On the other side of the gorge was a not so attractive dam. Even the water levels at the dam were clearly much lower than usual. These floating docks got my attention. I’m not exactly sure what they’re used for, but I’d assume each tarp collects or even releases fish. The guy down below was the lone person on the docks, and didn’t seem to know what he was doing there either.
From my failed second destination, I drove to another part of Tara to do some real hiking. Along the way I passed by this building above. It’s way to big to be a house, so I assume it must be lodge with multiple rooms for rent. There were a few other unique roof designed lodges in the area, along with a few traditional looking cabins. During my second drive I came across some more mountain scenery, although there are much more dramatic peaks in Tara.
I’m a bit disappointed that I didn’t plan this hike better. I found some hiking trails on the map I purchased that looked legit, but when I got on them I found random turns and made the mistake of trying to go the less traveled path. This quickly disappeared into forest, and I ended up in the middle of the woods.
At one point the forest opened up into a small grove and I took this photo above. Somewhere in the near distance was a pack of wild dogs that were parking at my presence. I suppose dogs are better than bears, but despite all their noise they never approached me. The photo below shows a plant that I believe is the species pokeberries, very similar or the same as ones back home in Virginia.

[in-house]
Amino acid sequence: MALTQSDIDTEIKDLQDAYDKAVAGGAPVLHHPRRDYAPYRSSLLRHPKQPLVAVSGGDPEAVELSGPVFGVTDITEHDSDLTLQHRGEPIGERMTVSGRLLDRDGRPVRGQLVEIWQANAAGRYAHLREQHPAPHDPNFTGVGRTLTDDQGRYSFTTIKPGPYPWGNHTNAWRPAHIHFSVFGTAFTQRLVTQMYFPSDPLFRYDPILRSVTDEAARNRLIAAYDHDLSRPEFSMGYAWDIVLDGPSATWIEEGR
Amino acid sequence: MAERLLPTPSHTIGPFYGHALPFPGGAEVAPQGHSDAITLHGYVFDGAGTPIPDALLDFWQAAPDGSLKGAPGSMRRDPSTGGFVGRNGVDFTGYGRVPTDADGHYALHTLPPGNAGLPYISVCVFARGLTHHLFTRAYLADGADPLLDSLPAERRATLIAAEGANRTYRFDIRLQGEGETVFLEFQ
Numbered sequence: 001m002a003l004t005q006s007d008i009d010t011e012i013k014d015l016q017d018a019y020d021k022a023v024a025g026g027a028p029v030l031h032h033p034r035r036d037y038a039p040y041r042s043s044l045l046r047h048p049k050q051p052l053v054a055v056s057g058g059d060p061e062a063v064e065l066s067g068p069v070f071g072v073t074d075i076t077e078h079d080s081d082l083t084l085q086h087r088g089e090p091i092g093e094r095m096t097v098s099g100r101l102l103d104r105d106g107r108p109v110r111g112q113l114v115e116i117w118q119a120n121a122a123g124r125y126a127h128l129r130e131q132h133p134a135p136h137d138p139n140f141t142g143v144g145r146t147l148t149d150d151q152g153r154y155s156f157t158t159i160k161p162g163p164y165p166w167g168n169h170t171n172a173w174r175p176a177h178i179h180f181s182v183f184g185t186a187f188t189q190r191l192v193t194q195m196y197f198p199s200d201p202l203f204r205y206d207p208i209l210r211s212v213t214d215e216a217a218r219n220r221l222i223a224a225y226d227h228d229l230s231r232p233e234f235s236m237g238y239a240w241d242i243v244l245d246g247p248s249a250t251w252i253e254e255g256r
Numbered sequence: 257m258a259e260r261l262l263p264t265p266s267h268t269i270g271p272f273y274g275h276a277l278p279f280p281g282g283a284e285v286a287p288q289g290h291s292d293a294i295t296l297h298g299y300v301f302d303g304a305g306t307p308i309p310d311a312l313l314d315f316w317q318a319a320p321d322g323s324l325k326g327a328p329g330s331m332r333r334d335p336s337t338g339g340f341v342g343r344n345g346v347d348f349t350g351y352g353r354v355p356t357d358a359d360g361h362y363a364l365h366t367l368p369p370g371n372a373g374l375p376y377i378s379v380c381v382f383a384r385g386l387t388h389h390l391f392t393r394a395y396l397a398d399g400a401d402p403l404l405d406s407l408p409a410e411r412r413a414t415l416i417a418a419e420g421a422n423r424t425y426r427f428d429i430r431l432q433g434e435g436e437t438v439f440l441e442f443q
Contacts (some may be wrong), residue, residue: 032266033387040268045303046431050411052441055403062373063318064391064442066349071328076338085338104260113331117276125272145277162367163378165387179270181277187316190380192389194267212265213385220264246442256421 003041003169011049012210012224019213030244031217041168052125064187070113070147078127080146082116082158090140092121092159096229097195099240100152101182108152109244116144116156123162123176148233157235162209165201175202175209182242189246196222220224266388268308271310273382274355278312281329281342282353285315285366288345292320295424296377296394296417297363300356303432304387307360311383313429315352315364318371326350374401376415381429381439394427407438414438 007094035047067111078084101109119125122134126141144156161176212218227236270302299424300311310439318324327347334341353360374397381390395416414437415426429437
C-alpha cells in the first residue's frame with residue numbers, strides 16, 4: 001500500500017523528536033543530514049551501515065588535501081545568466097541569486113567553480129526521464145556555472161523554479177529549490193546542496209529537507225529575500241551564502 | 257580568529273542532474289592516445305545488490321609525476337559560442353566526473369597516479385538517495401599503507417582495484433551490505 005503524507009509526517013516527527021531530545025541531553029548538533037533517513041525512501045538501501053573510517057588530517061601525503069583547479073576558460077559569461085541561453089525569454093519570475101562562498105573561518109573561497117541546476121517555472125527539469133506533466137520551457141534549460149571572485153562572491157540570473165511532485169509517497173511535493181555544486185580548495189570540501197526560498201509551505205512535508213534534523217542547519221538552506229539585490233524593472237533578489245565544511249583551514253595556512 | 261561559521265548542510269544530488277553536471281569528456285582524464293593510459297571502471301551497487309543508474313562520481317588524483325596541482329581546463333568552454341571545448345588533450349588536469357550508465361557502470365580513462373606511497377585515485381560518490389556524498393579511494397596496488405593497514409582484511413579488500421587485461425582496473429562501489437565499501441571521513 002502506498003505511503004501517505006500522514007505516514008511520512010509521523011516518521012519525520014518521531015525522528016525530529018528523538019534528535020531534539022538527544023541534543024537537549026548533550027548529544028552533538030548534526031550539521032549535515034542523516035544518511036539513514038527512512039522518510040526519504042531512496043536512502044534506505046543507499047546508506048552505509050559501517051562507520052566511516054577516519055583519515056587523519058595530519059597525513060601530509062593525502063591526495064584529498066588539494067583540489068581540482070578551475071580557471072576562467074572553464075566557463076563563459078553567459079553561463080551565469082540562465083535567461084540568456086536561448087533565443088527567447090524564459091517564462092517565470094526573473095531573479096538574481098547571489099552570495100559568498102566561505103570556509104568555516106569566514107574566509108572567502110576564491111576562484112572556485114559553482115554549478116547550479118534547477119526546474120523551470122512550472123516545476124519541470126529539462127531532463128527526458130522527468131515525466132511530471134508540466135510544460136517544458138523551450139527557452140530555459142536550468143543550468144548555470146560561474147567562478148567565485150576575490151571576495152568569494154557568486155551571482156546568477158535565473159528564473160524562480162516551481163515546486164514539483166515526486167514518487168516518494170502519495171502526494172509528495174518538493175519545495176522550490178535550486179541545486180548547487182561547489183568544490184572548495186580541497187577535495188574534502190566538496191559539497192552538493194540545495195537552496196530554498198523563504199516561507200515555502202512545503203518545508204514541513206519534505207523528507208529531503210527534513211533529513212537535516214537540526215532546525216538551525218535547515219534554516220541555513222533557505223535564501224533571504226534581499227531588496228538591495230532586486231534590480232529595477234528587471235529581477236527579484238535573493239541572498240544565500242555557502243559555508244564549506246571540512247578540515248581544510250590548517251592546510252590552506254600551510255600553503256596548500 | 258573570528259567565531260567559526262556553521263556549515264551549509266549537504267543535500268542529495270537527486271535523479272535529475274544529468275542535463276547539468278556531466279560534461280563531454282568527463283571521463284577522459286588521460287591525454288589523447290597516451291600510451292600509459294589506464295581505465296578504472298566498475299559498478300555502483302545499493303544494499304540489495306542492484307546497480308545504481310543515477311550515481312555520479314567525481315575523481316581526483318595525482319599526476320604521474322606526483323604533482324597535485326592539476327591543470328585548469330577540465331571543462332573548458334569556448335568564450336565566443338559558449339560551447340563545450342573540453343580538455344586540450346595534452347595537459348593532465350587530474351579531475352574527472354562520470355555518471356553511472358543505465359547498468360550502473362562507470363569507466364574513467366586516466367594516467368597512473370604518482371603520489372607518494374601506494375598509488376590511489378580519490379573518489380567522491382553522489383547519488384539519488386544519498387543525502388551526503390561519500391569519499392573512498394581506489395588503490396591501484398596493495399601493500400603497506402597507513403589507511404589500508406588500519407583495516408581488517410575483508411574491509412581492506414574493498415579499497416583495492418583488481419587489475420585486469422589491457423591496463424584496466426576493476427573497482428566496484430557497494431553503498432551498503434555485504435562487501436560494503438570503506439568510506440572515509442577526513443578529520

On my descent, I took a slightly different path since it was getting dark. Most of the terrain I hiked in was thick deciduous forests, but towards the exit I went through some dark pines. I’m not sure why these decided to grow here, but I found myself wondering if this is what parts of the Black Forest in Germany look like.
If you’ve read my Belgrade page, you’ll know that the two most famous churches in the city are relatively new. Actually the largest one in the country is still under construction as I write this! The mountains of Tara are home to the ancient Rača monastery, which was built almost 800 years ago. The photo above shows the main monastery as I approached it from its bordering walls. Below is one of the larger buildings that I believe to be the monk’s quarters.
I didn’t have a guide so there is a lot of information I don’t know about the monastery. In hindsight I should have struck up a conversation with one of the priests I saw. I do know that aside from being ancient, this monastery has always been important in Serbia. Serbian nobles in the past were buried here, and historically it has played important cultural roles. During the late medieval times some 300 monks worked here by translating religious and scientific documents from Greek, and provided a school and other services to the country. The monastery is definitely worth a visit, and because of all the history here I do wish I had had someone to answer all my questions.
And finally, this should be a truly amazing photo. I’m not sure why but it seemed every night I was in Serbia there was an amazing sunset, this one especially. I could tell hours before it was going to be amazing, and hoped to position myself by some dramatic mountains, but this was the best I could do… Until next time!